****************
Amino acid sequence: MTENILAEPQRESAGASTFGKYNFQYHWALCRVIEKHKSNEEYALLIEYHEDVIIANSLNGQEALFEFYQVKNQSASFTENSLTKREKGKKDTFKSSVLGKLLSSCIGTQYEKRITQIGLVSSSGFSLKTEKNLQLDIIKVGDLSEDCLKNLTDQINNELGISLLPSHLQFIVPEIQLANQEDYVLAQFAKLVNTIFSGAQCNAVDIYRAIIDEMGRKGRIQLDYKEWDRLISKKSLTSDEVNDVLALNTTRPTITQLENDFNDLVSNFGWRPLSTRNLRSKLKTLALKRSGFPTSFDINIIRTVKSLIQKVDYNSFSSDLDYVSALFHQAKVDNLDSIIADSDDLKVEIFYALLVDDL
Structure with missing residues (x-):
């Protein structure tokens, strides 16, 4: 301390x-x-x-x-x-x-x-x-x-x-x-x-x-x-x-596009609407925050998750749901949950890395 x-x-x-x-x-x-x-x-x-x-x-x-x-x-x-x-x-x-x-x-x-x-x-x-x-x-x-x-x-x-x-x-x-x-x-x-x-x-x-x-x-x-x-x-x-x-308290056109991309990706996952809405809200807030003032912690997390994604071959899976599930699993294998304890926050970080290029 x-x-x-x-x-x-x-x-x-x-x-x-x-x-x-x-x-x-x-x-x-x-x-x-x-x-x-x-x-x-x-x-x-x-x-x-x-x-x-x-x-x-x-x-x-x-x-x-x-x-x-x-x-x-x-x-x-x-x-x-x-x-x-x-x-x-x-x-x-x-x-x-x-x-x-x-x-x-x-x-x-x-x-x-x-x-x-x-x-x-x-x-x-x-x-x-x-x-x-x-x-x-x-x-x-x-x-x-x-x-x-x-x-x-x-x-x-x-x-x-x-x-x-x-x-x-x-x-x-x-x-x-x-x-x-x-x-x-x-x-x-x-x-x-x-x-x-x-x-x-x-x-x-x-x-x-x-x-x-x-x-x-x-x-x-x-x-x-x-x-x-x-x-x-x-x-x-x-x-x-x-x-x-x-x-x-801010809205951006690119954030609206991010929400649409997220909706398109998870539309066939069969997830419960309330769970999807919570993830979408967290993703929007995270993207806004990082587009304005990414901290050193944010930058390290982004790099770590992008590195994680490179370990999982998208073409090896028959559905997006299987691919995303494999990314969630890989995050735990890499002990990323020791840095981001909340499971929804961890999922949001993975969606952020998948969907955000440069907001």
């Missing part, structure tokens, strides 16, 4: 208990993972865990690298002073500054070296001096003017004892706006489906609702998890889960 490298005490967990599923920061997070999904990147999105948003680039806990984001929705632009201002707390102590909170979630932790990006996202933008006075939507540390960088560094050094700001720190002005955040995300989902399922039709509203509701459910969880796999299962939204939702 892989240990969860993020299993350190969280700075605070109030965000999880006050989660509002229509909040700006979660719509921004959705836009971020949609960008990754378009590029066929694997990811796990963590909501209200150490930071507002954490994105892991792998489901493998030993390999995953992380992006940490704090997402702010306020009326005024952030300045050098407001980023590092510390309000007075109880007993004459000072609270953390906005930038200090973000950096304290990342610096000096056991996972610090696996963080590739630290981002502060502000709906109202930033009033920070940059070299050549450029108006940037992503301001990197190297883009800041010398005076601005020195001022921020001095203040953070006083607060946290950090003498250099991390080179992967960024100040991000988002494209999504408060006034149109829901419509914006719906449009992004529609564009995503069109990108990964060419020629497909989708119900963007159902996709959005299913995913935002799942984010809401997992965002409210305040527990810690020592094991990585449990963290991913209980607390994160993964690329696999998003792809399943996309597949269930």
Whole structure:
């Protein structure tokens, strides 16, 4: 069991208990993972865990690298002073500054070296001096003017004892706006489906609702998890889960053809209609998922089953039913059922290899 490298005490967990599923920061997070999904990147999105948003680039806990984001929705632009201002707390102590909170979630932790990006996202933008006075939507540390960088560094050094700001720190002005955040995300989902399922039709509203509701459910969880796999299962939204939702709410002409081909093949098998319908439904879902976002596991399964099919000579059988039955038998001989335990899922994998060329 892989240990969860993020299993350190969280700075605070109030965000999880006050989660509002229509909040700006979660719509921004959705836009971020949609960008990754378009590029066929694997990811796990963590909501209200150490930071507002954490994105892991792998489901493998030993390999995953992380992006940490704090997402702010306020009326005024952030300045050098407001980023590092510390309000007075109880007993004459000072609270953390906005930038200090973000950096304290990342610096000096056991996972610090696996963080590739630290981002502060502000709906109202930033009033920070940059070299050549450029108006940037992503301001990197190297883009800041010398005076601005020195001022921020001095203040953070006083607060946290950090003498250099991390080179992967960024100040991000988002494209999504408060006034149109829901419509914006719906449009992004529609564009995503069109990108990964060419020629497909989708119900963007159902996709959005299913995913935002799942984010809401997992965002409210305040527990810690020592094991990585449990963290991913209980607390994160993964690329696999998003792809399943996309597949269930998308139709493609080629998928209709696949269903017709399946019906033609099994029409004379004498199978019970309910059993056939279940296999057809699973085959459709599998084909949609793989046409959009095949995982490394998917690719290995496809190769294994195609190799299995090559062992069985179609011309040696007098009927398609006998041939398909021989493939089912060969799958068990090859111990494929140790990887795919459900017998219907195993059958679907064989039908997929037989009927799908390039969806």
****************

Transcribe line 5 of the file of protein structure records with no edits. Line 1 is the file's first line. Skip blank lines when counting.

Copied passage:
Whole structure: